Cali Slump: All three NHL teams at Golden State are rebuilding


By Josh Dubow

SAN JOSE, Calif. (AP) – What just a few years ago was the most dangerous part of the NHL schedule for many teams has turned into a bit of a break lately.

The days of being led by the physical and overwhelming teams of San Jose, Anaheim and Los Angeles are long gone. The stars on these teams either slowed down with age or moved to other places.

All are retooling after consecutive seasons where all three California teams missed the playoffs.

“We knew that type of phase was coming at some point in this phase of our trip,” said Sharks general manager Doug Wilson. “We had a pretty good race for a long time. We had to rebuild our system.

It’s a similar pattern in Southern California, where the Ducks and Kings face the same process. It’s just a little shocking that this is happening at the same time considering the success of these franchises.

Since Anaheim entered the NHL in the 1993-94 season, there had been only one season (1995-96) where neither of the California teams had made the playoffs until the last two seasons. .

The Sharks have missed the playoffs in consecutive years for the third time in franchise history. The Ducks tied the franchise’s worst playoff drought in three years, and the Kings also missed three in a row.

It comes after a streak between 2003 – when the Ducks reached their first Stanley Cup final – and 2019, when the Sharks lost to St. Louis in the Western Conference Final, one of three. Californian teams made it to the conference finals. in 13 of the 16 seasons.

In a 10-year span since 2008-18, which was the last time all three teams made the playoffs in the same season, California teams have won 65.6% of possible points in their home games, which allowed the Eastern Conference teams to play. the three Californian squads successively more treacherous than the Bermuda Triangle.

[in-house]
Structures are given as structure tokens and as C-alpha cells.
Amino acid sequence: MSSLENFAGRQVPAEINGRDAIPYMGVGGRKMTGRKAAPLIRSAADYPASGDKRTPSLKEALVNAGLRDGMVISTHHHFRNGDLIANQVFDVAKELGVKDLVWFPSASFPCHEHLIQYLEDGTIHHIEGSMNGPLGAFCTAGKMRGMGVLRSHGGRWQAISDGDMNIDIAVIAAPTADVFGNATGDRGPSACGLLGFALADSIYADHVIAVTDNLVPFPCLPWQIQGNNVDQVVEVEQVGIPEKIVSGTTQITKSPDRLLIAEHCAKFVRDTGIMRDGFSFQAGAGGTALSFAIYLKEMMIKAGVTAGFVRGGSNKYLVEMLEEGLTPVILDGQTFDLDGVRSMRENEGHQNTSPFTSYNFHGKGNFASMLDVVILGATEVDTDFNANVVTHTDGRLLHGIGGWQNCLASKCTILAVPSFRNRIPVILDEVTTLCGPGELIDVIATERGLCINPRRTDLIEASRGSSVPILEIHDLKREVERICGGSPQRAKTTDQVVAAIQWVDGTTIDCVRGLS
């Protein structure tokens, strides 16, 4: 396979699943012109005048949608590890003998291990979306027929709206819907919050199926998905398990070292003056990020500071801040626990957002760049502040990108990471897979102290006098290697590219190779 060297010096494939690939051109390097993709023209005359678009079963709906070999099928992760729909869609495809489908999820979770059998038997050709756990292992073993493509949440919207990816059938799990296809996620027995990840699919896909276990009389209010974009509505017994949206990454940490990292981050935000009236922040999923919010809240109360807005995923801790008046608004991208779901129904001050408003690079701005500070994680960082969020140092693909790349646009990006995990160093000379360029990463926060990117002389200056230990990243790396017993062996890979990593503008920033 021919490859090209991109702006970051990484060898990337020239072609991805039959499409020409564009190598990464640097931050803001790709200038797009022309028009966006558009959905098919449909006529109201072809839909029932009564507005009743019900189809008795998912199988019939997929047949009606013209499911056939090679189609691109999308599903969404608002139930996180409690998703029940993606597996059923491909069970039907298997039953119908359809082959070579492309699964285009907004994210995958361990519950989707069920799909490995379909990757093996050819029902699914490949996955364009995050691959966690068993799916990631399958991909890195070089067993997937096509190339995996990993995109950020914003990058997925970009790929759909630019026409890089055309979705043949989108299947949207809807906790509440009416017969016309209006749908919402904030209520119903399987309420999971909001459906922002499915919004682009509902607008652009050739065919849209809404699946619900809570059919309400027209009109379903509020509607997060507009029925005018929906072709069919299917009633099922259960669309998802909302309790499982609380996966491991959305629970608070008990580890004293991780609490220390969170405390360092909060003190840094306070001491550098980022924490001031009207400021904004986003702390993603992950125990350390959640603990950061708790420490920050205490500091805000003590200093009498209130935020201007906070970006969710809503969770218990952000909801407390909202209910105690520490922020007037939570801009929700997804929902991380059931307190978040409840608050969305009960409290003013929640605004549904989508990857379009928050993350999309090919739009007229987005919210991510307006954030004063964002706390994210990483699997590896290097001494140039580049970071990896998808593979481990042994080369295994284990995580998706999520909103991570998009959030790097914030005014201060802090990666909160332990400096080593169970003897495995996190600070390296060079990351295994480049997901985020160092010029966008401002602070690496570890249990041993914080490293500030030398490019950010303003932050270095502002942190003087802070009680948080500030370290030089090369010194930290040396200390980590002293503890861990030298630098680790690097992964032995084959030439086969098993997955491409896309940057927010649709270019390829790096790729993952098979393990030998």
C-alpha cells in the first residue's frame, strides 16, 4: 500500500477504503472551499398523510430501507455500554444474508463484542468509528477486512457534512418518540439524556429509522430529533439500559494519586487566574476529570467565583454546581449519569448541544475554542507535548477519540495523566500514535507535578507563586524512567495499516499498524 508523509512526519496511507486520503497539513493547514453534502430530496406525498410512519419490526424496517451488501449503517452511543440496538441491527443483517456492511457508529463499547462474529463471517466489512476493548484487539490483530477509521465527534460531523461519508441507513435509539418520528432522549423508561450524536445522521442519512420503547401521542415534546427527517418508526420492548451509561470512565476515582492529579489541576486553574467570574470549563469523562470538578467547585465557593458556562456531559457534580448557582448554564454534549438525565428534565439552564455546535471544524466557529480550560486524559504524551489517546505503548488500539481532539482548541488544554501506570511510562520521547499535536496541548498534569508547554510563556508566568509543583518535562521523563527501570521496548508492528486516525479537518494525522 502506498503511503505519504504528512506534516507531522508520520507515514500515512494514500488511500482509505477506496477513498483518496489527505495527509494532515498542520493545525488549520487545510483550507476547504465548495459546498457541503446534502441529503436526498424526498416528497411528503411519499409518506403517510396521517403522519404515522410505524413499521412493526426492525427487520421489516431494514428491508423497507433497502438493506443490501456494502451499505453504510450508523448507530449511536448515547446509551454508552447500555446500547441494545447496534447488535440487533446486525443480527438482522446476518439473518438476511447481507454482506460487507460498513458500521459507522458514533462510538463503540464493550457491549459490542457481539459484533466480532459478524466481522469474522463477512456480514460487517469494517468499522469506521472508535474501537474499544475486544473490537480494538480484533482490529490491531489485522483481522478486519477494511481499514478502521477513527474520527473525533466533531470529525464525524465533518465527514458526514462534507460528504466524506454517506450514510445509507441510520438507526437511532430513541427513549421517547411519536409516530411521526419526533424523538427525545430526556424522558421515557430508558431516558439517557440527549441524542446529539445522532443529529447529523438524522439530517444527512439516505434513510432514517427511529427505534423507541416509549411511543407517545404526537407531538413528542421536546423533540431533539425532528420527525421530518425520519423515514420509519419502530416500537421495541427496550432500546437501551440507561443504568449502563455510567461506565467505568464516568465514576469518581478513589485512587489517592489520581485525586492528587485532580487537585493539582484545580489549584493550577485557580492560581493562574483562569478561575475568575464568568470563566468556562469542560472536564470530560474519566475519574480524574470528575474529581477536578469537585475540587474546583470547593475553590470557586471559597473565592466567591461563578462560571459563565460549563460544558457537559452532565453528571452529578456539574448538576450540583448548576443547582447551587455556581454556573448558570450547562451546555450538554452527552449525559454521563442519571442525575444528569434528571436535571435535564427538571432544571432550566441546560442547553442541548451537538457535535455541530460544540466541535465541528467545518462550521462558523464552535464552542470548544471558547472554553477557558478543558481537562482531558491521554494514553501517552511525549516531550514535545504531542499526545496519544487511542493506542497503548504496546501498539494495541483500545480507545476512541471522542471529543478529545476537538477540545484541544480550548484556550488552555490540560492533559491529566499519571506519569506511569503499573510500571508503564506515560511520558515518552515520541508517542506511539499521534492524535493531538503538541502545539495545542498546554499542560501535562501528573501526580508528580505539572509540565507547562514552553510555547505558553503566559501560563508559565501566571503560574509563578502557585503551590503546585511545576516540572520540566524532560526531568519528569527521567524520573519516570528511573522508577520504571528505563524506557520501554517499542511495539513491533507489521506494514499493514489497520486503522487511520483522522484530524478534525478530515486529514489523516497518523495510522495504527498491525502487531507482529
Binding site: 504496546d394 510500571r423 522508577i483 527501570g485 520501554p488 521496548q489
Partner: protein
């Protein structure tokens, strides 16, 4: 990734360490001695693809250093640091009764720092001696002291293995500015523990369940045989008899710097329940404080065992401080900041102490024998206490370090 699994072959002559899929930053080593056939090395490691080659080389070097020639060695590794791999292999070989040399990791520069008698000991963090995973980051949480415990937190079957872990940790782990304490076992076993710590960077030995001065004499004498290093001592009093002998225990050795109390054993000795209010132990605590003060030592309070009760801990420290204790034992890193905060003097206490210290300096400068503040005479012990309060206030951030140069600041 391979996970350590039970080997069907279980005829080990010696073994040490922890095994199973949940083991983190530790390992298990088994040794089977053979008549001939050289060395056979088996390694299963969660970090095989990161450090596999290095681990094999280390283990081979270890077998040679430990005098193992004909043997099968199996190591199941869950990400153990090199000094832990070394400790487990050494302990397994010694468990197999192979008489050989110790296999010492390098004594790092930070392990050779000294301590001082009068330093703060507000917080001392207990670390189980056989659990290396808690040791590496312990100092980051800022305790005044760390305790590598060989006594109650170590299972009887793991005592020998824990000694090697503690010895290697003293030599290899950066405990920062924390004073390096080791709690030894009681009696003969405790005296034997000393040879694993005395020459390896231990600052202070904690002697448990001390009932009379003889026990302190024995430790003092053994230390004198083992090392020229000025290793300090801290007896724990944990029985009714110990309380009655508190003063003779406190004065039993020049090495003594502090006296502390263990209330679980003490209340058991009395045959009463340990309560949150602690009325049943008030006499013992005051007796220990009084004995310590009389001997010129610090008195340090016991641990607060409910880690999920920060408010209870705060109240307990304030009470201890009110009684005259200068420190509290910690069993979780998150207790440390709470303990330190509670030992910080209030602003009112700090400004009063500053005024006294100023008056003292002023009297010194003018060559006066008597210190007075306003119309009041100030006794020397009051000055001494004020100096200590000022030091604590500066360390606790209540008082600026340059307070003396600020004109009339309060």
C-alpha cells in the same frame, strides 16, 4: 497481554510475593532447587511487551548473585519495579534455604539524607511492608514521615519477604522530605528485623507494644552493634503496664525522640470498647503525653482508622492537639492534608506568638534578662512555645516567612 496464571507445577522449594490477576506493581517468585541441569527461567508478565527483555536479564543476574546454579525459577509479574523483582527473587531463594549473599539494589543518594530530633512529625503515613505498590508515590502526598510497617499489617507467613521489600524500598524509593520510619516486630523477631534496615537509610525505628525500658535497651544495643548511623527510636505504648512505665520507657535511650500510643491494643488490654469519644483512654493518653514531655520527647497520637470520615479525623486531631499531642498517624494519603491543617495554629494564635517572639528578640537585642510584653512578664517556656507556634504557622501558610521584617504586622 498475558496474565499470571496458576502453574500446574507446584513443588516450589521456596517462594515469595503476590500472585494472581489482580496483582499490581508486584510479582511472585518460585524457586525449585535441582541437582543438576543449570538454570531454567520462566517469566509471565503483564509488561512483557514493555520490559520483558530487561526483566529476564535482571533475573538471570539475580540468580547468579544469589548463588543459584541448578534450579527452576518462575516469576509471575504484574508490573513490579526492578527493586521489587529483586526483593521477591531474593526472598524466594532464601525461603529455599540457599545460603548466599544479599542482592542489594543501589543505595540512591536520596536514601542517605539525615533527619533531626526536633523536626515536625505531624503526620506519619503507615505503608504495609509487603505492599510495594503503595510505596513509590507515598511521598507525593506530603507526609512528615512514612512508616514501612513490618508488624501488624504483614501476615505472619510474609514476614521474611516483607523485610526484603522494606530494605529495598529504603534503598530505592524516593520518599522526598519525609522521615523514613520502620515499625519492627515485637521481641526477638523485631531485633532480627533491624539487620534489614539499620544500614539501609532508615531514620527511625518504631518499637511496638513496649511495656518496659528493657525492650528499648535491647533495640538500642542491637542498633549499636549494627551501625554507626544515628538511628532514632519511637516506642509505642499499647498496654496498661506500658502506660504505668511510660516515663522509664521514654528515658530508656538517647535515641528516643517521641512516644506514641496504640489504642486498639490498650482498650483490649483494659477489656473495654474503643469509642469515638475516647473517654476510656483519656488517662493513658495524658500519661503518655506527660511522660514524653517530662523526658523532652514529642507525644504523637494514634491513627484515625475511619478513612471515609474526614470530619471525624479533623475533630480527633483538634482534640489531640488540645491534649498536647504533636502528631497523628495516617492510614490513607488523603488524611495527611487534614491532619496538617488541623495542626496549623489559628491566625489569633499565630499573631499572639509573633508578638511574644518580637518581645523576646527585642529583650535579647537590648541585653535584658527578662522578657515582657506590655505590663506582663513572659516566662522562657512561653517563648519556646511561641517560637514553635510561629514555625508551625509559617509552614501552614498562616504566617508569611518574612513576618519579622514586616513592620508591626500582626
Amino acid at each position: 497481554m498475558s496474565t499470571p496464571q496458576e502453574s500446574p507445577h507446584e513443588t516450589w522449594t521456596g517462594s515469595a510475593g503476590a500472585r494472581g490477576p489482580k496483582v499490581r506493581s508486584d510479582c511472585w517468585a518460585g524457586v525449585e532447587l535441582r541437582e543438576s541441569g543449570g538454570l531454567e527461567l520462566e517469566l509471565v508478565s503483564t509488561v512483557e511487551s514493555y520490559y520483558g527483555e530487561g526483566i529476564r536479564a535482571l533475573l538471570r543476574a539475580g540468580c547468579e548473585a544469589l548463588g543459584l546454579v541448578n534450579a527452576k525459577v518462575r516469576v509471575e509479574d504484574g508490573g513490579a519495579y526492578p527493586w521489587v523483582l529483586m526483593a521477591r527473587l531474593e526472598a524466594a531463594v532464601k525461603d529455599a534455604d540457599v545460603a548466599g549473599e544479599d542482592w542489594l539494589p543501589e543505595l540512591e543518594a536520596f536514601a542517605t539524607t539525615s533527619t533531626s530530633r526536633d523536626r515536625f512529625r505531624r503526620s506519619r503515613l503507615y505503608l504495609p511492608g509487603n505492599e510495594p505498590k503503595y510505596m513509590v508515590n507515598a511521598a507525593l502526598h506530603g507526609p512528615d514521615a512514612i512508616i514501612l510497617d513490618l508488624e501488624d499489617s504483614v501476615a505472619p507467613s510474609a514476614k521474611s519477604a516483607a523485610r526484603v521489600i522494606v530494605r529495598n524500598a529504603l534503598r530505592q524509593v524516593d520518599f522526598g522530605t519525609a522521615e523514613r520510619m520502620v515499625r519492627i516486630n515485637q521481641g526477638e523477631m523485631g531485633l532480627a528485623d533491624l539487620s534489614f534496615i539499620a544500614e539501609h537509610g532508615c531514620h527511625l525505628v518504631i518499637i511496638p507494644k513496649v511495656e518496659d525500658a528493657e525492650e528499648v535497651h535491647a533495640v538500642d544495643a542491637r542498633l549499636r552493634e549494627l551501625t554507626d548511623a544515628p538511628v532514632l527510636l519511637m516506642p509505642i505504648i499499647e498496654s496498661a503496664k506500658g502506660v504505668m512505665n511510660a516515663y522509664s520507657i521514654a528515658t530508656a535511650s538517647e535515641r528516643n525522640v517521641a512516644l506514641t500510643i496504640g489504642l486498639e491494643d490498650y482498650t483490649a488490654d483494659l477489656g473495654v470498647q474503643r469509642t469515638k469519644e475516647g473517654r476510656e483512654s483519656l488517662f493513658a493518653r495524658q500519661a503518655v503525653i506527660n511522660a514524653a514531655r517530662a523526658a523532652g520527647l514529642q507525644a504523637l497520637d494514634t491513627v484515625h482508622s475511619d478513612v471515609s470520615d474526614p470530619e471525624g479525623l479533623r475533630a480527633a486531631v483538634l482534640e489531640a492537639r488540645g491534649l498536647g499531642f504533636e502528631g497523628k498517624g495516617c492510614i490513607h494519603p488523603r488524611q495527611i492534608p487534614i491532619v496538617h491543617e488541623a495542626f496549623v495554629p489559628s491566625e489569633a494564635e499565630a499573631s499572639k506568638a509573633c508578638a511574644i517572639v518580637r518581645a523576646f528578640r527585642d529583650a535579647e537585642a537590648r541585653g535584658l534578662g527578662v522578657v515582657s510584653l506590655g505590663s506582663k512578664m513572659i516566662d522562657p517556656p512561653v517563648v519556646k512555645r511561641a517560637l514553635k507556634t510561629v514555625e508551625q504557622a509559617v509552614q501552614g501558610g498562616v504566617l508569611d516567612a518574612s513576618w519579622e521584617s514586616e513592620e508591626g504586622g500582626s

The race began in 2003 when Anaheim lost to New Jersey in the Stanley Cup Final. The Ducks went on to win the whole thing four years later for the first California Cup title on one of their five or better trips to the conference finals during that span, led by stars like Ryan Getzlaf, Corey Perry, Teemu Selanne and Scott Niedermayer.

The Kings have won everything twice during that span, with Drew Doughty, Anze Kopitar, Jeff Carter and Jonathan Quick helping them exit the Cup in 2012 and 2014, while losing the conference final the following year.

The Sharks were the most consistent of the three teams, led by players like Joe Thornton, Patrick Marleau and Joe Pavelski, but never won the ultimate prize, losing to Pittsburgh in the 2016 Stanley Cup Final and four other times. at the conference final.

Most of these players are long gone or past their prime, leaving these teams to wait for new stars to arrive and pave the way for success.

“We knew there would come a time when the Thornton, Marleau, Pavelski era would be over,” Wilson said. “We must reconstitute. We have gone many, many years without rebuilding our system, using picks to add or players to compete for. “

The Ducks and Kings have had similar stretches, as the focus on “win now” came at the cost of draft picks and prospects that all three franchises still pay. It will take time to overcome years of neglect of the farming system and all three seem to be heading into this season with the idea that just making the playoffs could be seen as a success.

“The word playoff should be used in every locker room right now, but we need to improve before we declare ourselves ready for the playoffs,” said Kings coach Todd McLellan, who led the Sharks to two appearances in conference finals in 2010 and 2011. “Are we capable of it? I think we have the right players to do it, but can we ramp up our game fast enough and maintain it long enough throughout the season to compete for it? We will find out as we go. One step at a time for this group.

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